of fragments of intact antigen
bound to major histocompatibility
complex (MHC) molecules. Antigen
processing for subsequent T-cell recognition
can occur through two distinct
pathways.[4] All nucleated cells
are able to present endogenous antigens
in the context of MHC class I.
Intracellular proteins undergo proteasome-
mediated degradation, and 8 to
12 amino acid peptide fragments are
transported into the endoplasmic reticulum
by the transporter associated with antigen processing. In the endoplasmic
reticulum, the peptide fragment
associates with MHC class I
molecules, and the complex is transported
to the cell surface.

Professional
Antigen-Presenting Cells

Professional antigen-presenting
cells (macrophages, B cells, and dendritic
cells) can present antigen in the
context of both MHC class I and
class II. In addition to being active in
the endogenous antigen-processing
pathway, they have the ability to take
up and process extracellular proteins

through the exogenous pathway. Exogenous
proteins are taken up by endocytosis
into acidic lysosomes, where
they are fragmented into peptides 10
to 25 amino acids long. These peptide
fragments then bind to MHC class II
and are transported to the cell surface.

Professional antigen-presenting
cells induce more potent immune responses
than other nucleated cells
largely by virtue of their ability to
activate CD4+ T cells to provide the
requisite help for the development
of potent, durable antigen-specific
CD8+ cytotoxic T-cell immunity
(Figure 2).[5] Thus, although CD8+
T cells ultimately are directly responsible
for tumor lysis,[6] the CD8+
T-cell response is attenuated at multiple
levels without the support of
CD4+ helper T cells.

Innate Immunity
The innate arm of the immune system
plays an important role in antitumor
immunity in several ways. First,
emerging data suggest that innate immunity
has evolved to provide a
unique mechanism for marking the
transformed cell as a danger to the
host. The expression of stress-induced,
MHC class I-like molecules (MICA,
MICB, and proteins of the ULBP family)
on the surface of tumor cells
"marks" them for recognition by natural
killer (NK) cells, gamma-delta-
T cells, and CD8+ T cells expressing
the NKG2D receptor (Figure 3). The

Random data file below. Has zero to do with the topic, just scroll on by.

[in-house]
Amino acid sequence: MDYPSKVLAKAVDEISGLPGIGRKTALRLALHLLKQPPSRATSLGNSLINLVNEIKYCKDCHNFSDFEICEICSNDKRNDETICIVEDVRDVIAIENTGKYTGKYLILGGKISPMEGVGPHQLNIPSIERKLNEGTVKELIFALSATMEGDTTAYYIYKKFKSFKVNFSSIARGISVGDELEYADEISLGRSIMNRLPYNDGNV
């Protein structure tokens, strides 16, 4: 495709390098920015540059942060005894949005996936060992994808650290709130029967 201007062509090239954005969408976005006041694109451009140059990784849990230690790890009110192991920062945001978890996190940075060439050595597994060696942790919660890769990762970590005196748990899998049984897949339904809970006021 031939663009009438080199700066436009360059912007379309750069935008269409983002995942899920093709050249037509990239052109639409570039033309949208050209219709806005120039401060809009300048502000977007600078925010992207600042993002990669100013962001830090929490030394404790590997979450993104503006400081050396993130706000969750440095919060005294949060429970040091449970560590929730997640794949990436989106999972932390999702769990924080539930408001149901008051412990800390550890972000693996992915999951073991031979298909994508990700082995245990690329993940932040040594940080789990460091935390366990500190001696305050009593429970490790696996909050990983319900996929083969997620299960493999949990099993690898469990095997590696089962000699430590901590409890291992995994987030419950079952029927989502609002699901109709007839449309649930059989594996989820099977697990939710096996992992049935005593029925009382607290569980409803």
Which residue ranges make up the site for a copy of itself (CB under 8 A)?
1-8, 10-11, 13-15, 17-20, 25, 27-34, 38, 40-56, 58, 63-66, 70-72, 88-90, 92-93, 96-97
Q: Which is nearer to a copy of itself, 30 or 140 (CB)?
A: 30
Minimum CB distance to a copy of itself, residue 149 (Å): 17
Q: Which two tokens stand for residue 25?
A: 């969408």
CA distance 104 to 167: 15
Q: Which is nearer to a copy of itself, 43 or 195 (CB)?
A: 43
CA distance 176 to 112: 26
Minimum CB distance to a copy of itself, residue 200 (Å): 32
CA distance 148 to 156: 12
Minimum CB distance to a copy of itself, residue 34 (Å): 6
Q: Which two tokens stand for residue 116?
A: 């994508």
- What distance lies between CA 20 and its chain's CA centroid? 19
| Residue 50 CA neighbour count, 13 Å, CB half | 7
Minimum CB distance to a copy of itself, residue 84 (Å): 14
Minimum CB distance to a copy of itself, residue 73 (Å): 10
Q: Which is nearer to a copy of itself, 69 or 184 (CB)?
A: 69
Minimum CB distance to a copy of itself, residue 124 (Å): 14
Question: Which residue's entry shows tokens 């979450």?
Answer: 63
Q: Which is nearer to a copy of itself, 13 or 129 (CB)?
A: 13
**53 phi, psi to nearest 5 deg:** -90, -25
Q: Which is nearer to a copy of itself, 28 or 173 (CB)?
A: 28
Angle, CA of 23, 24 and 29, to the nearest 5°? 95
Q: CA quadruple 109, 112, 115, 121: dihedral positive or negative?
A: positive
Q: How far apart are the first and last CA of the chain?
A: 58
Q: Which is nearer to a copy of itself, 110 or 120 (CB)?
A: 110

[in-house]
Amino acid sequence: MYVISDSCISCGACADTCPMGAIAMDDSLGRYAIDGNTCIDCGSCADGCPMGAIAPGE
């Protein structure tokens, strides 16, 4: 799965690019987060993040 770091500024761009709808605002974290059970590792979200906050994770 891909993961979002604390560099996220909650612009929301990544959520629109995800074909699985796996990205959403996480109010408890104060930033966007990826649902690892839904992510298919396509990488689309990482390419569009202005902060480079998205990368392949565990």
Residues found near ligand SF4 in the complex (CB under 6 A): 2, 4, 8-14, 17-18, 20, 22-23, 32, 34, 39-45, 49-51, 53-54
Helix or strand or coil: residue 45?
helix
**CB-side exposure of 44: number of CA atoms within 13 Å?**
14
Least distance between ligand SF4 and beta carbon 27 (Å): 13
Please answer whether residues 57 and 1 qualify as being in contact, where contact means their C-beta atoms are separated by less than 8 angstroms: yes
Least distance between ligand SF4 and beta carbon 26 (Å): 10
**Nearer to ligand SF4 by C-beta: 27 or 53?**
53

interaction of the NKG2D receptor
with these stress-induced ligands provides
critical accessory signals for restoring
the potency of cell-mediated
cytotoxicity.[7]

In addition, dendritic cells function
as a critical link between innate
and adaptive immunity. Immature
dendritic cells in the periphery function
as immunologic sentinels, detecting
pathogens by virtue of toll-like
receptors (TLR) that bind pathogenassociated
molecular patterns (PAMP)
not typically present in the host.[8]
The TLR-PAMP interaction induces
the maturation of dendritic cells, priming
them to activate antigen-specific
adaptive immunity.

Innate and adaptive immunity are
further linked by the recruitment of
innate immune effectors by the adaptive
immune response. Human antibodies
of the immunoglobulin (Ig)G1
and IgG3 isotypes direct the elimination
of tumor cells by antibodydependent
cellular cytotoxicity or
complement-mediated cytotoxicity
(Figures 1B and 1C).[9] Antibodydependent
cellular cytotoxicity occurs
when immune effector cells engage
an antibody-bound tumor cell via the
Fc-gamma receptor (particularly subtypes
I and III). The tumor cell is then
killed by phagocytosis or lysis, depending
on whether the effector cell
is a neutrophil, a macrophage, or an
NK cell.

The activation of complement by
antibody-bound tumor cells similarly
leads to tumor cell death by engaging
complement receptors (C1qR, CR1
[CD35], or CR3 [CD11b/CD18]) on
neutrophils, macrophages, or NK
cells. Alternatively, direct complement
activation leads to the ultimate
formation of the membrane attack
complex, and thus destruction of the
tumor cell membrane. Although efforts
to date have primarily focused
on manipulating adaptive immunity,
increasing evidence suggests that orchestrating
the efforts of innate and
adaptive immune effectors is likely to
result in the most potent immunemediated
tumor destruction.

Relevant Breast
Tumor Antigens

The development of either passive
immunotherapy or active vaccination
strategies for breast cancer treatment
will be greatly facilitated by identifying
relevant breast tumor antigens.
Numerous breast tumor antigens have
been identified based on the biology
of breast cancer, the identification of
proteins to which breast cancer
patients develop antibody or T-cell
responses, or the identification of immunologically
relevant antigens in
other diseases that are also expressed
in breast cancer. These include carcinoembryonic
antigen (CEA)[10];
Mucin-1 (MUC-1)[11]; p53[12]; sialyl-
Tn[13]; the melanoma associated
antigens MAGE,[14] BAGE,[15]
GAGE,[16] and XAGE[17]; and
HER2/neu.[18]

Of these antigens, HER2/neu has
emerged as an important therapeutic
target for biologic and immune-based
therapies. Interestingly, patients with
both early- and late-stage breast cancers
have low levels of preexisting
humoral and cellular responses to
HER2/neu.[18,19] These observations
suggest that, although patients can
mount a HER2/neu-specific immune
response to their tumor, the response
is inadequate to control or eradicate
the disease. Trastuzumab, a humanized
monoclonal antibody specific for
HER2/neu, can result in remissions in
breast cancer patients with disseminated
disease that is resistant to
other therapies.[20] Accordingly,
HER2/neu represents perhaps the first
validated target for the immunemediated
rejection of breast cancer.
Breast tumor antigens that have been
explored to date are summarized in
Table 1.[10-18,21-32]